|Julie Green with lion cub.|
Photo: Ida Kar
Born in 1943, Julie was inspired to take up photography whilst young, having her own darkroom by the age of 10. Whilst studying photography at Regent Street Polytechnic, Julie was mentored by renowned 60s bohemian photographer Ida Kar, and travelled the world on photographic assignments for organisations such as BOAC, Air India and American Express.
Julie first went to Ethiopia in 1969. A guest of Ethiopian Airlines, she toured far and wide with her camera, her lens capturing remote tribal village and Emperor alike.
Ethiopia’s astonishing breadth of cultural diversity is like no other in Africa. To the north, Orthodox Christian communities trace their lineage back to the 4th century. The Ethiopian Jews throw the net back further, to the first emperor of Ethiopia, Menelik I, son of the legendary Queen of Sheba and King Solomon. The first generation of Muhammad’s followers are reported to have made the hijra journey to the Kingdom of Aksum in Abyssinia as early as AD 613, and the medieval walled city of Harar in the east is testament to the firm footing Islam found here in Africa. Meanwhile, to the south, in the valleys watered by the Omo river, a plethora of diverse tribes celebrate traditional home-grown faiths whose origins are lost in the mists of antiquity.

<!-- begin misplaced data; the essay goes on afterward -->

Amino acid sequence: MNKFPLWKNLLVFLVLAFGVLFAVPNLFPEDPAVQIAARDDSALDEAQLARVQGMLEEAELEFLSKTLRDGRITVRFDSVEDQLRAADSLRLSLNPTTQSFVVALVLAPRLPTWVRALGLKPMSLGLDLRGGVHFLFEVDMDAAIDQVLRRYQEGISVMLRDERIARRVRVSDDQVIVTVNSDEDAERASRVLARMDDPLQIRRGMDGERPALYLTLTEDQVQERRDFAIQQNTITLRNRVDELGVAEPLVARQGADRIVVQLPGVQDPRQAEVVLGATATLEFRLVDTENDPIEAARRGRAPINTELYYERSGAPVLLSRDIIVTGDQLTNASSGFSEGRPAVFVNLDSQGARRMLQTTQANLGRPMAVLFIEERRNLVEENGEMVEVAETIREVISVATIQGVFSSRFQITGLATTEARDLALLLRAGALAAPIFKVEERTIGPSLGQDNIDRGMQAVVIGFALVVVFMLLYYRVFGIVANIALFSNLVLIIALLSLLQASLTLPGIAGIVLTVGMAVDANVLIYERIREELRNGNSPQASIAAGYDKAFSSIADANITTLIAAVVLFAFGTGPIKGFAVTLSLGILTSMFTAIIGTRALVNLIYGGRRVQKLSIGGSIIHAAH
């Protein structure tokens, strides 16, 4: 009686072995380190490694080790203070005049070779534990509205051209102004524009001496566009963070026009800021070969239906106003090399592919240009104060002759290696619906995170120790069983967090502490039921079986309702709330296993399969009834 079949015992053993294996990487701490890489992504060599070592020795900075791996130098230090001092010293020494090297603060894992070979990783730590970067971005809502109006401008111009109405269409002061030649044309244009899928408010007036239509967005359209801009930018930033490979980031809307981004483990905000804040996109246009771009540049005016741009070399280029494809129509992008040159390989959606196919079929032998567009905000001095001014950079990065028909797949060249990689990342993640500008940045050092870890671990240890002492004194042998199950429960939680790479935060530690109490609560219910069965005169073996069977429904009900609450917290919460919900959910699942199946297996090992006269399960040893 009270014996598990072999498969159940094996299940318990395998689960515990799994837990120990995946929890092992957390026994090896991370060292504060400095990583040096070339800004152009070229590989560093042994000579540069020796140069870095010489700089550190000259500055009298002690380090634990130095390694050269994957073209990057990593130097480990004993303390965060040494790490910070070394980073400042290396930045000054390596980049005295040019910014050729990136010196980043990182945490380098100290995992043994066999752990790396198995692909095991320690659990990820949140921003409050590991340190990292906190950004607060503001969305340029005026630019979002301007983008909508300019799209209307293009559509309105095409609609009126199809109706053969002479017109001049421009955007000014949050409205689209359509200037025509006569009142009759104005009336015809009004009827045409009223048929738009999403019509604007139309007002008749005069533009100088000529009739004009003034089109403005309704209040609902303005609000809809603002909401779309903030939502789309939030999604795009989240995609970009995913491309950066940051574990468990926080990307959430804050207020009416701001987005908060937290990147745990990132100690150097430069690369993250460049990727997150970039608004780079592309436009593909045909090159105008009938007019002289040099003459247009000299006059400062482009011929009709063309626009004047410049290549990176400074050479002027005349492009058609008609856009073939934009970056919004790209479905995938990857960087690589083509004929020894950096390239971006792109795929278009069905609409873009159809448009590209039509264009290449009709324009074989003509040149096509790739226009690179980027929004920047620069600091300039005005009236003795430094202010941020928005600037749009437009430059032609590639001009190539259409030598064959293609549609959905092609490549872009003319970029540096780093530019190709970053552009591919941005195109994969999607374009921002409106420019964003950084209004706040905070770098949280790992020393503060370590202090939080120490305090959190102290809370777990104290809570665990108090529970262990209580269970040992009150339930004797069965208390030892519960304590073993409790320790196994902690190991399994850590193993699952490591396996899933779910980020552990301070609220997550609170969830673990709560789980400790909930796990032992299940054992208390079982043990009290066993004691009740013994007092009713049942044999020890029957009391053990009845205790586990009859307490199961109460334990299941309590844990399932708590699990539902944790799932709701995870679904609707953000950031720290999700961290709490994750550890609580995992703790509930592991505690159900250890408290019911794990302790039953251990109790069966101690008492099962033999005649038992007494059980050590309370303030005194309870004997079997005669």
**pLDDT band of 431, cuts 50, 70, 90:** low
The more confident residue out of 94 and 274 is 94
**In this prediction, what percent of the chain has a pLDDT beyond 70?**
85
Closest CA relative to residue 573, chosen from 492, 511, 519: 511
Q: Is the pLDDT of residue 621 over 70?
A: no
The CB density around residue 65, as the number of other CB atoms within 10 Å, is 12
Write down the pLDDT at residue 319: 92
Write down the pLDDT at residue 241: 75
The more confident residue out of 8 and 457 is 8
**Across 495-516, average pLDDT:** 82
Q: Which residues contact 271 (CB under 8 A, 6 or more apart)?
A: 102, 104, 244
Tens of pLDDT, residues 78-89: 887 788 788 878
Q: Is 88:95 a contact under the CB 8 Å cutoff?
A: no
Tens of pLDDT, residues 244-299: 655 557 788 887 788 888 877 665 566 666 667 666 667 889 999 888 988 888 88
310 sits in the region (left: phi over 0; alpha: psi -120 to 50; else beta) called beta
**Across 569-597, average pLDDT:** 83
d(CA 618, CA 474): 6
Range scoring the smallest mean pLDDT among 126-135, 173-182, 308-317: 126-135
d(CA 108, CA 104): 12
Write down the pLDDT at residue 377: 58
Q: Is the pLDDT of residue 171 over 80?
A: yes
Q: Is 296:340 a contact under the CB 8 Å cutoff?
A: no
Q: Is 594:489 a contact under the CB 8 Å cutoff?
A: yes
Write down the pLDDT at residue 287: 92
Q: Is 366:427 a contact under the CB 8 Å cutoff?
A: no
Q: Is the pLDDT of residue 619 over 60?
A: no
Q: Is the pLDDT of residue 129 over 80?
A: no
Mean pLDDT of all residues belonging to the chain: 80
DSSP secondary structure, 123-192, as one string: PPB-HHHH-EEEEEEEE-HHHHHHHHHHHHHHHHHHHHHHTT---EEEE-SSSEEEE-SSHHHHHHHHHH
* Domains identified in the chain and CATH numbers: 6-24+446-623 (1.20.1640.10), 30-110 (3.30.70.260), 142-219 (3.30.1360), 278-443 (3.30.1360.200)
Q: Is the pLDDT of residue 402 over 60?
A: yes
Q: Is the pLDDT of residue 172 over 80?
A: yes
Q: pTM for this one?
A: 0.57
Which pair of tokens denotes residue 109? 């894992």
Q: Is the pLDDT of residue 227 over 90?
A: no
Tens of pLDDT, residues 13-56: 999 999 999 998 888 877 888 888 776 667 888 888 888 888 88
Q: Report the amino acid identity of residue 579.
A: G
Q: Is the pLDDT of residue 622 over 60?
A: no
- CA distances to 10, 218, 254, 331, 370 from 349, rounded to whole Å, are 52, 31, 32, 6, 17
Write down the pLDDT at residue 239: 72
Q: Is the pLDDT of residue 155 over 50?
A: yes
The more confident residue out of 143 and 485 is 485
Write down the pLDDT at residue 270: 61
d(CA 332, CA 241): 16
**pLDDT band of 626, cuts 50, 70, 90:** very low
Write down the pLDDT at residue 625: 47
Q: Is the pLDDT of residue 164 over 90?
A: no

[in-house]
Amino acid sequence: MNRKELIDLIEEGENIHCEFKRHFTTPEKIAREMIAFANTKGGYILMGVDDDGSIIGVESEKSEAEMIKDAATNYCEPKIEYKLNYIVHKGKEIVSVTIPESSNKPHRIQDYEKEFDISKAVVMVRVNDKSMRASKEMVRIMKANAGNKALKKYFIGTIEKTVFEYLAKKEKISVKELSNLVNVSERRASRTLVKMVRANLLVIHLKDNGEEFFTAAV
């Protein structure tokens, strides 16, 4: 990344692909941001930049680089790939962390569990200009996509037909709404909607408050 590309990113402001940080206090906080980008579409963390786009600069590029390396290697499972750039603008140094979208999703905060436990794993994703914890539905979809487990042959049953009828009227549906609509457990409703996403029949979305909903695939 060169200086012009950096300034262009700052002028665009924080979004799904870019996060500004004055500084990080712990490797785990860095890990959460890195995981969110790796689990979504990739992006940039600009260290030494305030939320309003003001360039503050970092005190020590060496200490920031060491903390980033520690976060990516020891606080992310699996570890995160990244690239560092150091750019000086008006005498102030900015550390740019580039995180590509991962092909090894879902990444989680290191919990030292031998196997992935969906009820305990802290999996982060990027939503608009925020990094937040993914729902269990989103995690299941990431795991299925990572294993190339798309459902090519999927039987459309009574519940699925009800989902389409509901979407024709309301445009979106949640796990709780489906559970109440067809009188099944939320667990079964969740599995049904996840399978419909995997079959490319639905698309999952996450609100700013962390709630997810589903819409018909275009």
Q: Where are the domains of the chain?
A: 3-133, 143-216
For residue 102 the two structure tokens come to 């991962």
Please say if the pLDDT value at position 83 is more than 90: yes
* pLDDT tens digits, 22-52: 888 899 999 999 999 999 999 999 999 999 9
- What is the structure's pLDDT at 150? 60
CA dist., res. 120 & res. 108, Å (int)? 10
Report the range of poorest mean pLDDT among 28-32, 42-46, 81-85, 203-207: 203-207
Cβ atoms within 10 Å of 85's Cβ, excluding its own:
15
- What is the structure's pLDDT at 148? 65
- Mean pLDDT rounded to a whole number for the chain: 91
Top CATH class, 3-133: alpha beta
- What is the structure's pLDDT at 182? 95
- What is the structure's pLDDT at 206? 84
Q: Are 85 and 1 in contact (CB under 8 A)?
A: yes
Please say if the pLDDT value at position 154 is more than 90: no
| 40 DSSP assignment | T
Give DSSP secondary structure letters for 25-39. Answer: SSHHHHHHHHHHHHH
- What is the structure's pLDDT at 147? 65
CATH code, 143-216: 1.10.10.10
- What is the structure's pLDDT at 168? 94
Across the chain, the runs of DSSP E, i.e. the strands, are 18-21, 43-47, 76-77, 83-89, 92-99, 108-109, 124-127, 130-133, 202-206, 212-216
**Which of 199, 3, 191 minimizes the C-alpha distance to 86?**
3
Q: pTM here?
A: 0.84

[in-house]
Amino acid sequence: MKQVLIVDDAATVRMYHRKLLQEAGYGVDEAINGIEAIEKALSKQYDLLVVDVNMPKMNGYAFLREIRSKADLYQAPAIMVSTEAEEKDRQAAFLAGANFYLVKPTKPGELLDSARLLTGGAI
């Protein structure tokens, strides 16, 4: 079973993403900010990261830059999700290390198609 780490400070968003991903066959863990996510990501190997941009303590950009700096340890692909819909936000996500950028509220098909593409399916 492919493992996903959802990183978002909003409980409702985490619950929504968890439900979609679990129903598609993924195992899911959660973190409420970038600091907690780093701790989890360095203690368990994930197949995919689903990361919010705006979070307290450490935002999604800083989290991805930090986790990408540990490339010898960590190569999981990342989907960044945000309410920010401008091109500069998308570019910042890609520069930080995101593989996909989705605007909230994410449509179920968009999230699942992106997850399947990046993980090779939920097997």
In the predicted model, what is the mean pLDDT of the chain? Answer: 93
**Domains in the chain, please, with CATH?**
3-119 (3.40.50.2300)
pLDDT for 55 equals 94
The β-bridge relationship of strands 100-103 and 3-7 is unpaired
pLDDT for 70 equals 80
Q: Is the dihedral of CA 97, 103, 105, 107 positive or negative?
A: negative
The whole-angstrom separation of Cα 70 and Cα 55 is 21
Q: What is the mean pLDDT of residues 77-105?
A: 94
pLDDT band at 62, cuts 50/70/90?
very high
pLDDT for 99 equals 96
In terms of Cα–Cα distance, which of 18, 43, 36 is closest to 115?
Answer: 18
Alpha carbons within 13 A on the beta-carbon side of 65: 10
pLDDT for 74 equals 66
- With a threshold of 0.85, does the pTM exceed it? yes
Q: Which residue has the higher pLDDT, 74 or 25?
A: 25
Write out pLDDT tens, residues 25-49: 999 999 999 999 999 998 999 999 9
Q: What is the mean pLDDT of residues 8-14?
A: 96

‘Ethiopia is the most extraordinary country I’ve ever been to. It is absolutely staggering, filled with alps and meadows and jagged mountains, which look as though they have been made by children and just glued in. It is an astonishing place.
Julie Green has an artist’s eye for colour and a photojournalist’s instinct for seizing the moment, when a head turns, when the birds rush upwards, when the day is done, and to be at her shoulder as she takes these images is a huge and satisfying pleasure.’
- Joanna Lumley
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